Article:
Is there a significant performance cost to preloading one association at a time?

Consider an ecto query to get a single podcast which has many comments. Each comment has an author. I have a query to preload them:

def get_podcast!(id) do
  Repo.get!(Podcast, id)
  |> Repo.preload([comments: [:author]])

But I want to order the comments chronologically, so I can display them chronologically (as one would expect). One option would be to re-write the query with this syntax:

  def get_podcast!(id) do from p in Podcast,
      where: == ^id,
      join: c in assoc(p, :comments),
      order_by: [desc: c.inserted_at],
      join: a in assoc(c, :author),
      preload: [comments: {c, author: a}]

Another option is this way:

def get_podcast!(id) do
  Repo.get!(Podcast, id)
  |> Repo.preload([comments: (from c in Comment, order_by: [desc: c.inserted_at])])
  |> Repo.preload([comments: [:author]])

I like this last way a bit more, but I’m wondering if it has a performance cost. Also, is there more compact syntax that’s still clear but doesn’t require calling preload twice?

As shown in the last example in the docs you can do:

# Use a two-element tuple for a custom query and nested association definition
query = from c in Comment, order_by: c.published_at
posts = Repo.preload posts, [comments: {query, [:replies, :likes]}]

which in your case you can use to only do a single Repo.preload/2 call.

As for performance, I am not too sure. However (if I recall correctly) when you use Repo.preload/2 Ecto will first query the associated comments and then reduce a list of the associated author_id which it will then use to query the authors table. Such that the resulting query to the authors table is something like SELECT ... FROM authors WHERE id IN [...].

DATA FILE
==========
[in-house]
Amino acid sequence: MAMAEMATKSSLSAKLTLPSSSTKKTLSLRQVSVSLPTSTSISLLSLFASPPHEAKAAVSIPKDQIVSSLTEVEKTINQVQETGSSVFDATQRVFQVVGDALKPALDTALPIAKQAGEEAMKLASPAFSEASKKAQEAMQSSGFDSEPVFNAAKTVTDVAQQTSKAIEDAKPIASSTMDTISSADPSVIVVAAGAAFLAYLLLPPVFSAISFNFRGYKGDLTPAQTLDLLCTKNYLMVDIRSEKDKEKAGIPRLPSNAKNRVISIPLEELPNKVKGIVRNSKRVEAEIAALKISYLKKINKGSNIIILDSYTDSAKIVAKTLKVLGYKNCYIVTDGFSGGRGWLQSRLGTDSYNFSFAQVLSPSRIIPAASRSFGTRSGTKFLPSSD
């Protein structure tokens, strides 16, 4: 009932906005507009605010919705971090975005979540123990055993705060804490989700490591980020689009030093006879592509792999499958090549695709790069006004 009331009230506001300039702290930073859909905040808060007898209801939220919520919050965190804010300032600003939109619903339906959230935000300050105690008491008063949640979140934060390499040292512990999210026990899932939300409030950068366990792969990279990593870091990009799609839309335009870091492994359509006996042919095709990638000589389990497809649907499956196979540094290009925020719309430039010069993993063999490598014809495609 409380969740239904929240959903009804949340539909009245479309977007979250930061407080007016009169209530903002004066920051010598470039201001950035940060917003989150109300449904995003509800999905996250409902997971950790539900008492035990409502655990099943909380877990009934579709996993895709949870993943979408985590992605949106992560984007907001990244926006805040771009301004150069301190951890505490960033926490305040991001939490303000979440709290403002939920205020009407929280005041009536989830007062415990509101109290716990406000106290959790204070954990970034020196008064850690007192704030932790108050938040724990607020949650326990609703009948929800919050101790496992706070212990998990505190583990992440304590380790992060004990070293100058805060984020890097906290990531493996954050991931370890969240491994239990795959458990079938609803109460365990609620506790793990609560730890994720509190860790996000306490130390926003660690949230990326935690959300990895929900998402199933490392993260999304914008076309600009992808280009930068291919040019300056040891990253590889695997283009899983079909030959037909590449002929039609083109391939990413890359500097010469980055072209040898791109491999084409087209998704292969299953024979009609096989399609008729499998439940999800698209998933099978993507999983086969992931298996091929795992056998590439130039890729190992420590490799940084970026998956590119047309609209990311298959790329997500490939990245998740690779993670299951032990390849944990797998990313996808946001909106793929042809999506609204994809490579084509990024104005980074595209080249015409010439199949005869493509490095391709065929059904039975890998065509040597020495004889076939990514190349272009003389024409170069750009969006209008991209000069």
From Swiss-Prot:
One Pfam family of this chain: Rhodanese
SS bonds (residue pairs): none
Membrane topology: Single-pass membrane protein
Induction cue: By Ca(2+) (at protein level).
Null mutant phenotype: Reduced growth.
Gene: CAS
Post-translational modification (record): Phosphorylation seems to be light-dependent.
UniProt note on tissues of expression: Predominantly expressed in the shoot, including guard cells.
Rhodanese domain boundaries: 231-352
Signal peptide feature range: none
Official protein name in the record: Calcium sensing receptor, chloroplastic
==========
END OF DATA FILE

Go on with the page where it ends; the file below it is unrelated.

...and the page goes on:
Which means that even if two comments share a same author (or a same author_id rather) it is only selected exactly once. Whereas if you do a JOIN, you might be reaching to the authors table multiple times for a same author.

Also the amount of data to be transfered differs in the same way. Since for a JOIN you might be receiving the data for a same author on different rows - one per comment sharing a same author. Whereas by preloading you only do a couple selects for the data separately and then Elixir, or Ecto in this case, “joins” the data manually for you.

So I believe it’s a matter of data transfer + computation on the database side vs. having to traverse data in Elixir + separate queries.

1 Like

That’s exactly what I was looking for… and somehow not seeing as I read that page for 20m before posting here :smiley:


One other note of interest - the Repo.preload version will execute queries in parallel (using Task.async_stream) if there are multiple associations to preload:

Repo.get(Podcast, id)
|> Repo.preload([:images, comments: :author])

Here images and comments will be preloaded in parallel.